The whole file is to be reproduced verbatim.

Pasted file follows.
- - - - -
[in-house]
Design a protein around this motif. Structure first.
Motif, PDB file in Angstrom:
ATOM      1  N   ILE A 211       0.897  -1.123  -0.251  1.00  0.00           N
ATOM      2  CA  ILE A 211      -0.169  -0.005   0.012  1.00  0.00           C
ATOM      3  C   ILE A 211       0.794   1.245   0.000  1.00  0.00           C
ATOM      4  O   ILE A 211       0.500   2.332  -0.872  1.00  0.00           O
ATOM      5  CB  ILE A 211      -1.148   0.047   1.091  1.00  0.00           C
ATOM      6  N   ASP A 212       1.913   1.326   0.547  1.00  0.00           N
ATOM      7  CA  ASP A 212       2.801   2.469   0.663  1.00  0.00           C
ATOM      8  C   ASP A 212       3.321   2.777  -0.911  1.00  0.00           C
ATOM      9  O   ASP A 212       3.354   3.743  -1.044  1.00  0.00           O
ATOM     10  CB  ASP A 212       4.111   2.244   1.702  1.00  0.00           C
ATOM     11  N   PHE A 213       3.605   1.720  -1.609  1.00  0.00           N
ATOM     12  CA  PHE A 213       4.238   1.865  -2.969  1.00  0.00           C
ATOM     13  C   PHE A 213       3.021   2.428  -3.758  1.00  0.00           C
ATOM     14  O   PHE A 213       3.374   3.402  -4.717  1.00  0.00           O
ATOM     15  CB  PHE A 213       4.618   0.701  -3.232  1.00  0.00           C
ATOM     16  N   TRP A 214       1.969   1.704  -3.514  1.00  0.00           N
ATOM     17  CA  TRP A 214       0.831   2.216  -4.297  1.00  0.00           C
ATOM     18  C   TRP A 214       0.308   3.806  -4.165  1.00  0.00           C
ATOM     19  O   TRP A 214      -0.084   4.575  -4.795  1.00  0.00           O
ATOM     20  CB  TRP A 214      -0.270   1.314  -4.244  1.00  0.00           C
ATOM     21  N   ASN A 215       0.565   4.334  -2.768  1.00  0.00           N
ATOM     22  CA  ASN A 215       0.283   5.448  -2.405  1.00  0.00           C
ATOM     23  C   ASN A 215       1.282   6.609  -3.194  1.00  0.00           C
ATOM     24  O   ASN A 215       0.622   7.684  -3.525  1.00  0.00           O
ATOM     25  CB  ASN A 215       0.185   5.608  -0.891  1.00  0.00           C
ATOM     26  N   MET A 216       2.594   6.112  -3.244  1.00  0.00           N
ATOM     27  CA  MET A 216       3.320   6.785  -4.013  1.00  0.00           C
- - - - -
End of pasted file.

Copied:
[in-house]
Design a protein around this motif. Structure first.
Motif, PDB file in Angstrom:
ATOM      1  N   ILE A 211       0.897  -1.123  -0.251  1.00  0.00           N
ATOM      2  CA  ILE A 211      -0.169  -0.005   0.012  1.00  0.00           C
ATOM      3  C   ILE A 211       0.794   1.245   0.000  1.00  0.00           C
ATOM      4  O   ILE A 211       0.500   2.332  -0.872  1.00  0.00           O
ATOM      5  CB  ILE A 211      -1.148   0.047   1.091  1.00  0.00           C
ATOM      6  N   ASP A 212       1.913   1.326   0.547  1.00  0.00           N
ATOM      7  CA  ASP A 212       2.801   2.469   0.663  1.00  0.00           C
ATOM      8  C   ASP A 212       3.321   2.777  -0.911  1.00  0.00           C
ATOM      9  O   ASP A 212       3.354   3.743  -1.044  1.00  0.00           O
ATOM     10  CB  ASP A 212       4.111   2.244   1.702  1.00  0.00           C
ATOM     11  N   PHE A 213       3.605   1.720  -1.609  1.00  0.00           N
ATOM     12  CA  PHE A 213       4.238   1.865  -2.969  1.00  0.00           C
ATOM     13  C   PHE A 213       3.021   2.428  -3.758  1.00  0.00           C
ATOM     14  O   PHE A 213       3.374   3.402  -4.717  1.00  0.00           O
ATOM     15  CB  PHE A 213       4.618   0.701  -3.232  1.00  0.00           C
ATOM     16  N   TRP A 214       1.969   1.704  -3.514  1.00  0.00           N
ATOM     17  CA  TRP A 214       0.831   2.216  -4.297  1.00  0.00           C
ATOM     18  C   TRP A 214       0.308   3.806  -4.165  1.00  0.00           C
ATOM     19  O   TRP A 214      -0.084   4.575  -4.795  1.00  0.00           O
ATOM     20  CB  TRP A 214      -0.270   1.314  -4.244  1.00  0.00           C
ATOM     21  N   ASN A 215       0.565   4.334  -2.768  1.00  0.00           N
ATOM     22  CA  ASN A 215       0.283   5.448  -2.405  1.00  0.00           C
ATOM     23  C   ASN A 215       1.282   6.609  -3.194  1.00  0.00           C
ATOM     24  O   ASN A 215       0.622   7.684  -3.525  1.00  0.00           O
ATOM     25  CB  ASN A 215       0.185   5.608  -0.891  1.00  0.00           C
ATOM     26  N   MET A 216       2.594   6.112  -3.244  1.00  0.00           N
ATOM     27  CA  MET A 216       3.320   6.785  -4.013  1.00  0.00           C